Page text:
The Jakarta Post
Collaboration: Musicians of different countries gather at the Wayang Ukur Studio in Yogyakarta to create new sounds and music for the Nusasonic experimental music festival. (The Jakarta Post/Bambang Muryanto)
A multinational experimental music festival is gracing Yogyakarta this October to entertain the city’s hipsters with lots of obscure music and talent from bands you might have never heard of before.
The festival, dubbed Nusasonic, Crossing Aural Geographies, was organized by German cultural center Goethe-Institute along with Germany’s CTM Festival for Adventurous Music and Art, Indonesia’s Yes No Klub, the Philippines’ WSK Festival of the Recently Possible and Singapore’s Playfreely.
“To my knowledge, this is the biggest experimental music festival ever to be held in Indonesia,” Yes No Klub curator FX Woto Wibowo told The Jakarta Post last week.
Woto, better known as Wok The Rock, said Nusasonic was meant to acquaint the public with non-mainstream music so that they could familiarize themselves with the latest developments in experimental music and the art of sound.
Nusasonic involves around 50 artists from Europe, Southeast Asia, Iran and Egypt. They will collaborate in creating experimental music from Oct. 10 to 13 in several places in Yogyakarta and the Wanurejo tourist village in Magelang, Central Java.
“They’re now here as artists in residence to get to know each other and explore compatible areas for the creation of experimental works of art,” added Wok, referring to their period of residence from Oct. 2 to 6.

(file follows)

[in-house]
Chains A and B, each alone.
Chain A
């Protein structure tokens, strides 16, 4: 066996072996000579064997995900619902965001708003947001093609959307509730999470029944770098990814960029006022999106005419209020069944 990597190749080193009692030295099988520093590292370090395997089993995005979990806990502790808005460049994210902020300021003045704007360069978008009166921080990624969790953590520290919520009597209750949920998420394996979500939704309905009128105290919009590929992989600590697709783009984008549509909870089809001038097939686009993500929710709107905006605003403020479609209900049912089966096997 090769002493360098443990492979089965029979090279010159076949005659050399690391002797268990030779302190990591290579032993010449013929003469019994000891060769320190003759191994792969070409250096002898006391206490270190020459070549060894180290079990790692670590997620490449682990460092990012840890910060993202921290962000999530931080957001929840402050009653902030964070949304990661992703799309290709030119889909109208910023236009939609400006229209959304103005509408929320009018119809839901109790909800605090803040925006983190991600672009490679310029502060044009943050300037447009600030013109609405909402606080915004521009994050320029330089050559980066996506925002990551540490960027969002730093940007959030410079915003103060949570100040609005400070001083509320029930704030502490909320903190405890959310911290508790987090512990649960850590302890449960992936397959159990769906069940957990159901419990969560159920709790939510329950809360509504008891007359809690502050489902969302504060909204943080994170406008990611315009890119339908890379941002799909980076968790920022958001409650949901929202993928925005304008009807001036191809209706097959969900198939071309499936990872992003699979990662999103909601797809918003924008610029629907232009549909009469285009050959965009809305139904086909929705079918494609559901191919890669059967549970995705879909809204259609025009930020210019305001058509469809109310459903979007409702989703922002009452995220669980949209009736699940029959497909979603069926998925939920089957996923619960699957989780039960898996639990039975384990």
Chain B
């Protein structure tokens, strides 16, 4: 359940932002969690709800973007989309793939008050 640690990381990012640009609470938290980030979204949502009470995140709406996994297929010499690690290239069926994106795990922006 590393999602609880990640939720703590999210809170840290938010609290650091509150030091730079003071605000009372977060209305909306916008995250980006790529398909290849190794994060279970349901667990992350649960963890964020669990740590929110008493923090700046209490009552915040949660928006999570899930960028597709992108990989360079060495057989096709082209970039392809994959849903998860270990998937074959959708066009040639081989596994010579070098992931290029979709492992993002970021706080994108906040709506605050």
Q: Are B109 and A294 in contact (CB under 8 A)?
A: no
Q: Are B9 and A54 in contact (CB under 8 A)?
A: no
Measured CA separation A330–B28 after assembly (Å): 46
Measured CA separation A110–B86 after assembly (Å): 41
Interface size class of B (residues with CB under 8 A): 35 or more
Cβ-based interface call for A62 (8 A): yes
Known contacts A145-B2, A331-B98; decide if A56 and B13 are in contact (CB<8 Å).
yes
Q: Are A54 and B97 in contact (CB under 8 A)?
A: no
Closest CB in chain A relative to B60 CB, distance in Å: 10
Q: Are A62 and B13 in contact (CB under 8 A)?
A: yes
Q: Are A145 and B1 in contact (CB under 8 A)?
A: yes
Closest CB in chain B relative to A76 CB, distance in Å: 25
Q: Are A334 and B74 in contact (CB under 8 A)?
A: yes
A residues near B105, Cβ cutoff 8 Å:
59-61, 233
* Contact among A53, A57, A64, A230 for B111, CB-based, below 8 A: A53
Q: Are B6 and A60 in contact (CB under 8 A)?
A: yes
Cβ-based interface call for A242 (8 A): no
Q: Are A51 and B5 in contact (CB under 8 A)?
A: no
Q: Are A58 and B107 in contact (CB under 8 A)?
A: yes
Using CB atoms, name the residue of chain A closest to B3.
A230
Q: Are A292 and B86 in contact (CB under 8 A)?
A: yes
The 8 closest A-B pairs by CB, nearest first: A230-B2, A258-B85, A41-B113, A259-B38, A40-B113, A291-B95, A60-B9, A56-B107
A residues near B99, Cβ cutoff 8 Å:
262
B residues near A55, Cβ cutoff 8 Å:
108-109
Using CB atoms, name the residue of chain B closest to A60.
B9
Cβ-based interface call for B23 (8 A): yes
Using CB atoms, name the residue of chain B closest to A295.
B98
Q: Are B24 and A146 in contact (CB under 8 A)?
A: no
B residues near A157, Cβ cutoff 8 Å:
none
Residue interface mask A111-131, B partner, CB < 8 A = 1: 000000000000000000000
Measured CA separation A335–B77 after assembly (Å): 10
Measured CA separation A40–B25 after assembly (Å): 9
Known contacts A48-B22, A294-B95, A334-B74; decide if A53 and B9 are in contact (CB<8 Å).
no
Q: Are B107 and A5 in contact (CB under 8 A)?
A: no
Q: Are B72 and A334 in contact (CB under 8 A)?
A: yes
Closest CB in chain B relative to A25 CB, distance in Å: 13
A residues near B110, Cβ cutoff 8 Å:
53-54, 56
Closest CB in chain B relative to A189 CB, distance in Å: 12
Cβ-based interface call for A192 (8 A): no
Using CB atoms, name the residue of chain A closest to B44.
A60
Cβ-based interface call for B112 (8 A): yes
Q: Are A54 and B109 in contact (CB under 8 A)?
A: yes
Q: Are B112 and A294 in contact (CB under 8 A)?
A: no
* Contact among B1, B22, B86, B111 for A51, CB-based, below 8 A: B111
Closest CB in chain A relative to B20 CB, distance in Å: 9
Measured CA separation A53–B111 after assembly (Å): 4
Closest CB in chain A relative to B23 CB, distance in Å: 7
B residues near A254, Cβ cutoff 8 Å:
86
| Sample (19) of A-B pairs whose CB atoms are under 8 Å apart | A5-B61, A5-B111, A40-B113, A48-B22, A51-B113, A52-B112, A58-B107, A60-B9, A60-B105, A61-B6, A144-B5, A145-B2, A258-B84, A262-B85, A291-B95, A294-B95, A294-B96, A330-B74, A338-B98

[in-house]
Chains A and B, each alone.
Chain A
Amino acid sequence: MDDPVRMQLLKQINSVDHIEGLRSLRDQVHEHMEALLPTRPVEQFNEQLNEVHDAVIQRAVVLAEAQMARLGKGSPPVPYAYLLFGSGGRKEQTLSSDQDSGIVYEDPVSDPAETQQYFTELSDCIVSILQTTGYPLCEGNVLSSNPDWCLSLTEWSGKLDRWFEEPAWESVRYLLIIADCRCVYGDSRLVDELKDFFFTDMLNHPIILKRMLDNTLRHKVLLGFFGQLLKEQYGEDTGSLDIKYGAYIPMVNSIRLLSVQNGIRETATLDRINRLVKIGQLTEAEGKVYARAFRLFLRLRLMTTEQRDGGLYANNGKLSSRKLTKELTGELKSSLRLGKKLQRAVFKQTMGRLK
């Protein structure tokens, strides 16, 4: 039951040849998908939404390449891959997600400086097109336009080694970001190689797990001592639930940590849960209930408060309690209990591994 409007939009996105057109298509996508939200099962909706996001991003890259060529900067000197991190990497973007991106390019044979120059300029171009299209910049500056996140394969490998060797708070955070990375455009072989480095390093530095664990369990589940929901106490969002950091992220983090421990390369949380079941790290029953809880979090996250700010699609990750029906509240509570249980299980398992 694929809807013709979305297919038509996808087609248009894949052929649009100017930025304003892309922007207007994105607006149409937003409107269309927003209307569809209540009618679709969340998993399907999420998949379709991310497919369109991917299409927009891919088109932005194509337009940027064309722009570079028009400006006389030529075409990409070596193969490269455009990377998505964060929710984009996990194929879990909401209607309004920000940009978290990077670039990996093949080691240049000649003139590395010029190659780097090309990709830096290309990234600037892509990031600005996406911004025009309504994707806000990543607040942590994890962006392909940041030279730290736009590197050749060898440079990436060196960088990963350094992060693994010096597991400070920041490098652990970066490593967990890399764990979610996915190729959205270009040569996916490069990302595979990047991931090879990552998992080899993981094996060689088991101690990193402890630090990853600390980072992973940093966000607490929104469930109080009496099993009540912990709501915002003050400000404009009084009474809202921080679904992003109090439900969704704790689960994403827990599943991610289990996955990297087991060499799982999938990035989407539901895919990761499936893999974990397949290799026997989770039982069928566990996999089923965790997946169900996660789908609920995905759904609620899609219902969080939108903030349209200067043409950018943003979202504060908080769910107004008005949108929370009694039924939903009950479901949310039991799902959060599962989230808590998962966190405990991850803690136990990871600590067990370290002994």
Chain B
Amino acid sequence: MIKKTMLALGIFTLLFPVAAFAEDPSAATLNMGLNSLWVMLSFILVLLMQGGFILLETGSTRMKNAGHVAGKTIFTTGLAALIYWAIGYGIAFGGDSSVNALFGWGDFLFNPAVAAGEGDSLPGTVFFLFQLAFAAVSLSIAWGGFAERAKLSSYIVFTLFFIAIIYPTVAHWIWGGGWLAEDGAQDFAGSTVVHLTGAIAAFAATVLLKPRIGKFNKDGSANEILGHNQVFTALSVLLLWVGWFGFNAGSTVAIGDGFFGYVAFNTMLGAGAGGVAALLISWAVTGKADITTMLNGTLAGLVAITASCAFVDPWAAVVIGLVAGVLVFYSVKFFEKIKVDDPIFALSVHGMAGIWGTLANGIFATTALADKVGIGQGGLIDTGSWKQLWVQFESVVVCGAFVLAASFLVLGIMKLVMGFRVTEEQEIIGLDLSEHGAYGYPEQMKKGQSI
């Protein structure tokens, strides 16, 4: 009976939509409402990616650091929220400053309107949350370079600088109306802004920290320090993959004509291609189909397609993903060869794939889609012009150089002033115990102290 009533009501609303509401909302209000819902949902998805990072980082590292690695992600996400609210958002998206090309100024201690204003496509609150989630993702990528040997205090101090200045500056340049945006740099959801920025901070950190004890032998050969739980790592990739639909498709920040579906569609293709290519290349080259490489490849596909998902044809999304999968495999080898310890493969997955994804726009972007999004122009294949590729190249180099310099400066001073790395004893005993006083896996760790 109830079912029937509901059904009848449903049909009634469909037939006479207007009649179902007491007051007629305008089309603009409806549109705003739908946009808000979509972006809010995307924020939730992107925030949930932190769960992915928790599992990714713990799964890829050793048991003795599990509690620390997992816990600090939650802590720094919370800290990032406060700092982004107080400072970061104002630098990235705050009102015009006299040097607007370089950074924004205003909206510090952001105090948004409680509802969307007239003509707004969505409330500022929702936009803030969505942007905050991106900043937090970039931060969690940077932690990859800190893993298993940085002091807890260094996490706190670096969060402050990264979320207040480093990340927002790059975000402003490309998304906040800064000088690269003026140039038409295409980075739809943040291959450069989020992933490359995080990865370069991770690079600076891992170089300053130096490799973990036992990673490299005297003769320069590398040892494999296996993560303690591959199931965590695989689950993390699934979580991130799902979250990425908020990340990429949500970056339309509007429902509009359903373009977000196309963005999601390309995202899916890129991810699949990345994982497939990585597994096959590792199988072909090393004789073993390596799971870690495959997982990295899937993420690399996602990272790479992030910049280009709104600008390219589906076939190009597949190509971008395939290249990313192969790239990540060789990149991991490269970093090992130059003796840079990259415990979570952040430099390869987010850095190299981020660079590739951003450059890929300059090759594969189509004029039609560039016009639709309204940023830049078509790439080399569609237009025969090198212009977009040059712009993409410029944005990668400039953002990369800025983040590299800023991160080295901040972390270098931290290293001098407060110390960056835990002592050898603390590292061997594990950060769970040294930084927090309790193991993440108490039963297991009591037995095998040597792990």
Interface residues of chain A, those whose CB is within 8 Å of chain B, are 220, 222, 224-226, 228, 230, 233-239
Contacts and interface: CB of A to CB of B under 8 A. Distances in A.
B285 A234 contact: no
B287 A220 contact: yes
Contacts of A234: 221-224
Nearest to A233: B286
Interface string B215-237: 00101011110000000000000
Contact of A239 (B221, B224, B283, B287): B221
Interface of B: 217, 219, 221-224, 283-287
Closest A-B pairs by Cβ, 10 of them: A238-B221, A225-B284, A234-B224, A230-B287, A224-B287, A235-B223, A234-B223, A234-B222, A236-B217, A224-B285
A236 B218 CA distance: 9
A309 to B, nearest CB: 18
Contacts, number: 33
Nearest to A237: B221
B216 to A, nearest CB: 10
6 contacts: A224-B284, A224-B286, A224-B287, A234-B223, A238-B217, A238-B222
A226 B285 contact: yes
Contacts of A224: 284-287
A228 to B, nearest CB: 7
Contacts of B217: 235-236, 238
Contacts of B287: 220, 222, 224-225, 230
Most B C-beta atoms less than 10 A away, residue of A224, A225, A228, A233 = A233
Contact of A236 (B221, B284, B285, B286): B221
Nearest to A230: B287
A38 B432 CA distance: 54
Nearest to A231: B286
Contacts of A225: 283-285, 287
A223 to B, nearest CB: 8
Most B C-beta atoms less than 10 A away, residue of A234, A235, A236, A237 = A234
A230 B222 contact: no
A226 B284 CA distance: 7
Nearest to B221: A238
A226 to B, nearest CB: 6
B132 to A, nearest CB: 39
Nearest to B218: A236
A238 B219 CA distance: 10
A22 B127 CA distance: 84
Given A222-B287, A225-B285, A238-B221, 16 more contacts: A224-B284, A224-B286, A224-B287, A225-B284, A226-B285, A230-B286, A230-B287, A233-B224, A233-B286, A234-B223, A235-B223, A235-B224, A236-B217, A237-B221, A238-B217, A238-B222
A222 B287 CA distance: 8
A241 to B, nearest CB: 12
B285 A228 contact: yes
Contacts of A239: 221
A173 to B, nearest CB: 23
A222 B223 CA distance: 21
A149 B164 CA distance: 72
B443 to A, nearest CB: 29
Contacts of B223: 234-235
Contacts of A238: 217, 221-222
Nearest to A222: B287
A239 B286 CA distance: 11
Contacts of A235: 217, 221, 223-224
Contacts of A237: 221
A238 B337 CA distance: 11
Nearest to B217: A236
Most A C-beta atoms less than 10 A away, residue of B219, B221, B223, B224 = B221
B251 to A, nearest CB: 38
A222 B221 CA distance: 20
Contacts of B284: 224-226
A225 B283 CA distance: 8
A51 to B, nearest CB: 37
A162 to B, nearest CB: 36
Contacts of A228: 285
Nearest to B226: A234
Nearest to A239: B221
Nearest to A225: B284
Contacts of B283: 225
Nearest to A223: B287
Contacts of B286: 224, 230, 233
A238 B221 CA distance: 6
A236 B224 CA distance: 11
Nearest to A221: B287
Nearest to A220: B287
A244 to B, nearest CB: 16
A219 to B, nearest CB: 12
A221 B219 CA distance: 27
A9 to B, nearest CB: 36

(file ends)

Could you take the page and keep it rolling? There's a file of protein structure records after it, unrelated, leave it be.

The artists will work on four themes for the festival by “hacking” musical instruments and objects to produce sounds. Sonic Wilderness, for example, will create sounds that blend in with nature and public space, Kombo will come up with improvised music and Jogja Noise Bombing will allow Yogyakarta’s noise artists to generate sounds from graffiti-bombing activities on the road.
Finding the right tune: Musicians and sound engineers try to “hack” musical instruments and objects to create unique sounds that will be presented during Nusasonic. (The Jakarta Post/Bambang Muryanto)
“There’s also a series of discussions from Oct. 7 to 10 to deal with the role of female musicians and their networks, the relations between musical art and politics and how musicians are distributing their works through social media,” Wok said.
Maya, a project officer from the Goethe-Institute, said the institute’s Nusasonic was inspired by the public’s growing interest in experimental music.
She said the festival would give exposure to experimental music and, in addition, give musicians a common platform through which they could develop their networks and learn from each other about various topical issues in music and social affairs.
Goethe previously held the same art events in Siberia and Tehran.
“This time, we wish to present it with a broader scope that involves artists from Europe and Southeast Asia,” Maya said.
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